Cognitive response to sertraline treatment for depression in Alzheimer's disease: A possible sex effect

Research output: Chapter in Book/Report/Conference proceedingChapter

Abstract

The aims of this study were to assess the cognitive effects of depression reduction and sertraline treatment in patients with Alzheimer's disease (AD) and major depression. Forty-four patients with probable AD and major depression were enrolled in a double-blind, placebo-controlled, clinical trial of sertraline. Cognitive testing was performed at baseline and at 3-week intervals throughout the 12-week study. Results indicated that neither improved mood nor use of sertraline was associated with cognitive change over the trial. Post-hoc exploration of the data suggested a sex difference such that women treated with sertraline demonstrated improved cognition compared to women on placebo, whereas men treated with sertraline worsened significantly in cognition compared to men on placebo. Cognitive functioning in patients with AD and depression did not improve after successful treatment of depressed mood. The suggestion that the cognitive functioning of women with AD and depression benefits from sertraline warrants further investigation.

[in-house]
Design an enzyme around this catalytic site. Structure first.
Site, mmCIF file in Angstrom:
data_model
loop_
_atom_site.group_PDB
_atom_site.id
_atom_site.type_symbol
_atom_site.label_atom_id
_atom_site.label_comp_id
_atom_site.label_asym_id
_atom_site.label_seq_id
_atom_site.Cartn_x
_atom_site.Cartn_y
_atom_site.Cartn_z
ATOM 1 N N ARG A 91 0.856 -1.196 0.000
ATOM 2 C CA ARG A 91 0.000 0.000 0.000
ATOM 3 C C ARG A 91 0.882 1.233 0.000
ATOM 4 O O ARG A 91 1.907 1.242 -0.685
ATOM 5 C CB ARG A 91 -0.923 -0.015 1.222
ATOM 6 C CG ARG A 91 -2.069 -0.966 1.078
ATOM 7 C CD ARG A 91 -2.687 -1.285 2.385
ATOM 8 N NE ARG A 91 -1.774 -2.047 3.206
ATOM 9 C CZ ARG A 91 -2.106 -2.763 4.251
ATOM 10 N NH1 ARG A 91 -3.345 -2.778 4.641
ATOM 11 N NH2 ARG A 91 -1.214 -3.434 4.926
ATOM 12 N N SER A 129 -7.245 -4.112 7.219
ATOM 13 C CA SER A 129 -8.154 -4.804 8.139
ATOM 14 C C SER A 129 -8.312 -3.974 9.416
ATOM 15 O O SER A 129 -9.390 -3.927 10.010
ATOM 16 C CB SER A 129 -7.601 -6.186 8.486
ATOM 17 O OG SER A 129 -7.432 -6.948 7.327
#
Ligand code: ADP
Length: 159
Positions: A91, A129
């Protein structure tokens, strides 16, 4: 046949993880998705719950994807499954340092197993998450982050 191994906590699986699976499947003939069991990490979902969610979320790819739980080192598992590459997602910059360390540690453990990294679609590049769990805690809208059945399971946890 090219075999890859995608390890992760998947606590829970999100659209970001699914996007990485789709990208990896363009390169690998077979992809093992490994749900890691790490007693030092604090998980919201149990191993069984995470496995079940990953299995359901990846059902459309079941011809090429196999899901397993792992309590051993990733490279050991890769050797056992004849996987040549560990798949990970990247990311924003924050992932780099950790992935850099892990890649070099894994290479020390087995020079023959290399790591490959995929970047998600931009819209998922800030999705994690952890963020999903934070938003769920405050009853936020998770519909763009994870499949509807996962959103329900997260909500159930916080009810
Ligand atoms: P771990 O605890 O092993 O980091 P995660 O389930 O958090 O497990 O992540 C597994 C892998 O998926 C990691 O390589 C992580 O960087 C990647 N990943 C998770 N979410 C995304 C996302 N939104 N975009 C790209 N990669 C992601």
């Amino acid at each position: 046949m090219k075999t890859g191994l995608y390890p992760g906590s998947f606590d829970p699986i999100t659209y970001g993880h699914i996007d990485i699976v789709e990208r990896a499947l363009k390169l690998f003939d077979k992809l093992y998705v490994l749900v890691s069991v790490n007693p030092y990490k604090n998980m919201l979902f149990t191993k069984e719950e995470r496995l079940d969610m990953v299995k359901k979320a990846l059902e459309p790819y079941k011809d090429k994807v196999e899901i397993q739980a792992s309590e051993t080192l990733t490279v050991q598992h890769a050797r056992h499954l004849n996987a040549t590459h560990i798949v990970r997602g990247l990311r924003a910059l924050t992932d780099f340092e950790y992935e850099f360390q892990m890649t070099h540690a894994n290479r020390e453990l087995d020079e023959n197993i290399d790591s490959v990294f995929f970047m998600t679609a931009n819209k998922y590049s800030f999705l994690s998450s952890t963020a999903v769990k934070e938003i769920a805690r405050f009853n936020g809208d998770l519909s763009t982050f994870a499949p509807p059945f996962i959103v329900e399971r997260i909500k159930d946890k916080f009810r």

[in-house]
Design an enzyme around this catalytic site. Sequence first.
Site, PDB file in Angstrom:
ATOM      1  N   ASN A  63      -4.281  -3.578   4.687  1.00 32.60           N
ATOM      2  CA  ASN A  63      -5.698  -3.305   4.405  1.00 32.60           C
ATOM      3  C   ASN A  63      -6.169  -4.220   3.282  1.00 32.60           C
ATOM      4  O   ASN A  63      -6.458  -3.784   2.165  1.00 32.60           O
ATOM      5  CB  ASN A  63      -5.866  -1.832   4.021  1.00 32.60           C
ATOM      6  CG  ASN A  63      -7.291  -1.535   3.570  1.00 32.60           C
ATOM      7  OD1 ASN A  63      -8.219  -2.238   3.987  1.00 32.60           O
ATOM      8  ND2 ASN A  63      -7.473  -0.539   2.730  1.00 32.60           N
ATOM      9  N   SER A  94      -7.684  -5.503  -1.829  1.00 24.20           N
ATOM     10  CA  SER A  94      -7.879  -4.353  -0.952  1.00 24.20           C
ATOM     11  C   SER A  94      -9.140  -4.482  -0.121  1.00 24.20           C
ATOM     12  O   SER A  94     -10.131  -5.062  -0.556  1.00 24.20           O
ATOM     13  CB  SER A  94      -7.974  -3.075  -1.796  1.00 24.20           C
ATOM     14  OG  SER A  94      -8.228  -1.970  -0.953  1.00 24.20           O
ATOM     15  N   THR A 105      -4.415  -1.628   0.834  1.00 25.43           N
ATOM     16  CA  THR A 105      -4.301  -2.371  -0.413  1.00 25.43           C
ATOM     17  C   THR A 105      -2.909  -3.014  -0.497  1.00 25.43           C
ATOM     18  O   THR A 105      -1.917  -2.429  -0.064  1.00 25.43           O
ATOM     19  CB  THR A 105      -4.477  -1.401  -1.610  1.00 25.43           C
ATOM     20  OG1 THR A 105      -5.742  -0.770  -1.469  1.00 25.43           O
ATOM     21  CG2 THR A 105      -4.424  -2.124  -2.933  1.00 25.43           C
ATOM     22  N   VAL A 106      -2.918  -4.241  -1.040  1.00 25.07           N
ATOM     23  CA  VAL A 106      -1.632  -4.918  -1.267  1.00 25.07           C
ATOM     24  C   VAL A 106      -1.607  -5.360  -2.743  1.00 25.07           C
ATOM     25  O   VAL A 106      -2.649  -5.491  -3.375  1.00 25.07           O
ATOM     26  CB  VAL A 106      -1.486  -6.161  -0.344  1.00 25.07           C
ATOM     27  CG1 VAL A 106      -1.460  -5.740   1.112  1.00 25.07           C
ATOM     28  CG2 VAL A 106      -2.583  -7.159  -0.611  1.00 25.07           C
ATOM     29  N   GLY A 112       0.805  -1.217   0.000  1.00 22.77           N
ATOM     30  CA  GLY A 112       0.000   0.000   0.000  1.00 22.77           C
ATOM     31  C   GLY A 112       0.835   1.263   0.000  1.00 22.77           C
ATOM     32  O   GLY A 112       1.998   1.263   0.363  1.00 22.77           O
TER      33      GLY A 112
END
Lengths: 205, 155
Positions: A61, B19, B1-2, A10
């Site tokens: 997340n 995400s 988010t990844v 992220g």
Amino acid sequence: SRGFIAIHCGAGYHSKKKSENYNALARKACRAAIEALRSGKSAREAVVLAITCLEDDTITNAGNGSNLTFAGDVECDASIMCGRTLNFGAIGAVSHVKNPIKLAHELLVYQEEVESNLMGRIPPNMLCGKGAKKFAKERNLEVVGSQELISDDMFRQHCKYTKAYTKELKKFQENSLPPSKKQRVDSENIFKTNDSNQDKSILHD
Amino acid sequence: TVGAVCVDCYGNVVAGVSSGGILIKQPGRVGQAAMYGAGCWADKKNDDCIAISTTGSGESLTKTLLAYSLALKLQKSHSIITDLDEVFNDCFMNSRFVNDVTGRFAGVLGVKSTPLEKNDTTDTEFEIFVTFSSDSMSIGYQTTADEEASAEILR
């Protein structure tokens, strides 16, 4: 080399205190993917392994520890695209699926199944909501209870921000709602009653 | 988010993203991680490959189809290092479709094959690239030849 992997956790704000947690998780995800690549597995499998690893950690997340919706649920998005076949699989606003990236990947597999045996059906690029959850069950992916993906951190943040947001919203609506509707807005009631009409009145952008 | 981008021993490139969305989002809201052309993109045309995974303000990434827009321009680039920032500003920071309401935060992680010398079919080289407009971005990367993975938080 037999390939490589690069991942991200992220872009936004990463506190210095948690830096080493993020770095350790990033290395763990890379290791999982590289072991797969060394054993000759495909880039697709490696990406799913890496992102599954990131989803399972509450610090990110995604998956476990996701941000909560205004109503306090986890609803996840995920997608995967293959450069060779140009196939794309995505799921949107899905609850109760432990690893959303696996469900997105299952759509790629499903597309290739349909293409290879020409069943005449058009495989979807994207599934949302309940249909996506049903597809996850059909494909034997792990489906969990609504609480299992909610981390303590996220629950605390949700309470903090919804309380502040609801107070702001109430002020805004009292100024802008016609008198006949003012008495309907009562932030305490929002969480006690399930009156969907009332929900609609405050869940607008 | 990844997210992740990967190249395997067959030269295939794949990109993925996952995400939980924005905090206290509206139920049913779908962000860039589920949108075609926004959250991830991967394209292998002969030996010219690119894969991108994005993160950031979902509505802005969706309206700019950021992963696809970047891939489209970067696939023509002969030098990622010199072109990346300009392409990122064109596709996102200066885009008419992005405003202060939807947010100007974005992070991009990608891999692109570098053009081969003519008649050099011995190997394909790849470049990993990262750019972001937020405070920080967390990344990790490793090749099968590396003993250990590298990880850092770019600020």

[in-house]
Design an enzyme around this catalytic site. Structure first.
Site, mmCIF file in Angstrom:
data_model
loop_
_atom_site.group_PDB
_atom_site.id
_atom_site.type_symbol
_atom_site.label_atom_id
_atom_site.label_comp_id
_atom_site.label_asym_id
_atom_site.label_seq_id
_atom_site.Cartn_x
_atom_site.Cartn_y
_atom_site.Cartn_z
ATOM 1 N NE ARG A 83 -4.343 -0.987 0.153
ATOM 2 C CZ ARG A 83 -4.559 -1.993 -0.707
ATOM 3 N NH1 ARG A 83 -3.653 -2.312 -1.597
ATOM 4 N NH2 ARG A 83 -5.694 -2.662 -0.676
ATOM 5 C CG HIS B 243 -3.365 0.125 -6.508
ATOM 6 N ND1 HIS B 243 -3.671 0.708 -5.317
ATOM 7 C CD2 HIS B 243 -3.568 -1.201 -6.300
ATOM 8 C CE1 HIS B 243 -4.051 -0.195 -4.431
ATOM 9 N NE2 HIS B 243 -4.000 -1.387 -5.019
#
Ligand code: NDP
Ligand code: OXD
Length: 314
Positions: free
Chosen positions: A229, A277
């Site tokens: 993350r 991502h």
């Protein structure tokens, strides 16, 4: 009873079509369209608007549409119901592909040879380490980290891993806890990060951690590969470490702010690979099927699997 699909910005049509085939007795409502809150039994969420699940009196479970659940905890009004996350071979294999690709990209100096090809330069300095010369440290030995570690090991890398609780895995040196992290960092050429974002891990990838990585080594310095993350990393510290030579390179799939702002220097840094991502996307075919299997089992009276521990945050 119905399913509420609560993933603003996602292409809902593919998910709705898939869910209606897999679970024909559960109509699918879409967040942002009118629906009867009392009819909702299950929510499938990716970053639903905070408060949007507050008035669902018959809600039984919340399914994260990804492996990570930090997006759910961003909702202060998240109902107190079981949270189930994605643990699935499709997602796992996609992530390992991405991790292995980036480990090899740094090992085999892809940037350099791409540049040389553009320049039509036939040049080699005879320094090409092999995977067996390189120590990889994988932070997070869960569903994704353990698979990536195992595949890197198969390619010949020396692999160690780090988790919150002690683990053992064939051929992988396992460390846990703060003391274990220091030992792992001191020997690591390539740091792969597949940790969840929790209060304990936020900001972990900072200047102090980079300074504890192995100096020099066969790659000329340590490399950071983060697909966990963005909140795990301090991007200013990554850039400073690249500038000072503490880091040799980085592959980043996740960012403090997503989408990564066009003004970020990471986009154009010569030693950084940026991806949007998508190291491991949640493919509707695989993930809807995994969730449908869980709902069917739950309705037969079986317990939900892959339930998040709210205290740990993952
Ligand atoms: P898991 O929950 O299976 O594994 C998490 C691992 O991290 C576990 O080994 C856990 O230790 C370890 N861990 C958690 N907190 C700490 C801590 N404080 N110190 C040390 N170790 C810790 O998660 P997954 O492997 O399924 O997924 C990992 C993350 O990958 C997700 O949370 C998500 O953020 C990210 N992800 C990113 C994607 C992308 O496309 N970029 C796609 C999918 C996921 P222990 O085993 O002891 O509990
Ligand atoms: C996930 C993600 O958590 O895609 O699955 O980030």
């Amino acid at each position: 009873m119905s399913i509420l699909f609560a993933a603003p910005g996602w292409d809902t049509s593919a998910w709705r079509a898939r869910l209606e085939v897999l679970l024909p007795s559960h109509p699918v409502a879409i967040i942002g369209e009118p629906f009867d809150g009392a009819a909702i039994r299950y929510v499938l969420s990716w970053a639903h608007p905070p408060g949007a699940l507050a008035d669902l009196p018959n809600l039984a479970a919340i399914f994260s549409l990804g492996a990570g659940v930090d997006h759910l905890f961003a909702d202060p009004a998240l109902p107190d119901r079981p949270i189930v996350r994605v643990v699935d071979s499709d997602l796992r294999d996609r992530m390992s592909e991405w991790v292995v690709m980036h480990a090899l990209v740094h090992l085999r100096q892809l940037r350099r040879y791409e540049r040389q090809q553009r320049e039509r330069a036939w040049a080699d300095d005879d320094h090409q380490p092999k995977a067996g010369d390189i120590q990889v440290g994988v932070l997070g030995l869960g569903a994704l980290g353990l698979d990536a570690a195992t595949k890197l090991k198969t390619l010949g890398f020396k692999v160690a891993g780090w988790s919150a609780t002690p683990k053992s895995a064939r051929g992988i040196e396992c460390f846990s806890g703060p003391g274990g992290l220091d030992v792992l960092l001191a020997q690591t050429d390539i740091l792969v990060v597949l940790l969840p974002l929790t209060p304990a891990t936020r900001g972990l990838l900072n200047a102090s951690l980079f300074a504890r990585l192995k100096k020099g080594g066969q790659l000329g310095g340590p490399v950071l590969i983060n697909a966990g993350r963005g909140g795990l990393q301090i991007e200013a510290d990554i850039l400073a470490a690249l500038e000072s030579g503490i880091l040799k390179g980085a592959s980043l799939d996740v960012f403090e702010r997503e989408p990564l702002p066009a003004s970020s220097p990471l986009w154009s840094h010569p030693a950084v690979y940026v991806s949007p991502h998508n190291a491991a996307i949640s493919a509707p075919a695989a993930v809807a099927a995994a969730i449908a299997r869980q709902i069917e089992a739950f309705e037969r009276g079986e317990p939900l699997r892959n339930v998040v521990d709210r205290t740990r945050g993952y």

Original languageEnglish (US)
Title of host publicationResearch and Practice in Alzheimer's Disease
EditorsB. Vellas, E. Giacobini
Pages361-365
Number of pages5
StatePublished - Dec 1 2006

Publication series

NameResearch and Practice in Alzheimer's Disease
Volume11
ISSN (Print)1284-8360

Keywords

  • Alzheimer's disease
  • Cognitive
  • Depression
  • Sertraline
  • Sex differences

ASJC Scopus subject areas

  • Neuropsychology and Physiological Psychology
  • Aging
  • Geriatrics and Gerontology
  • Biological Psychiatry

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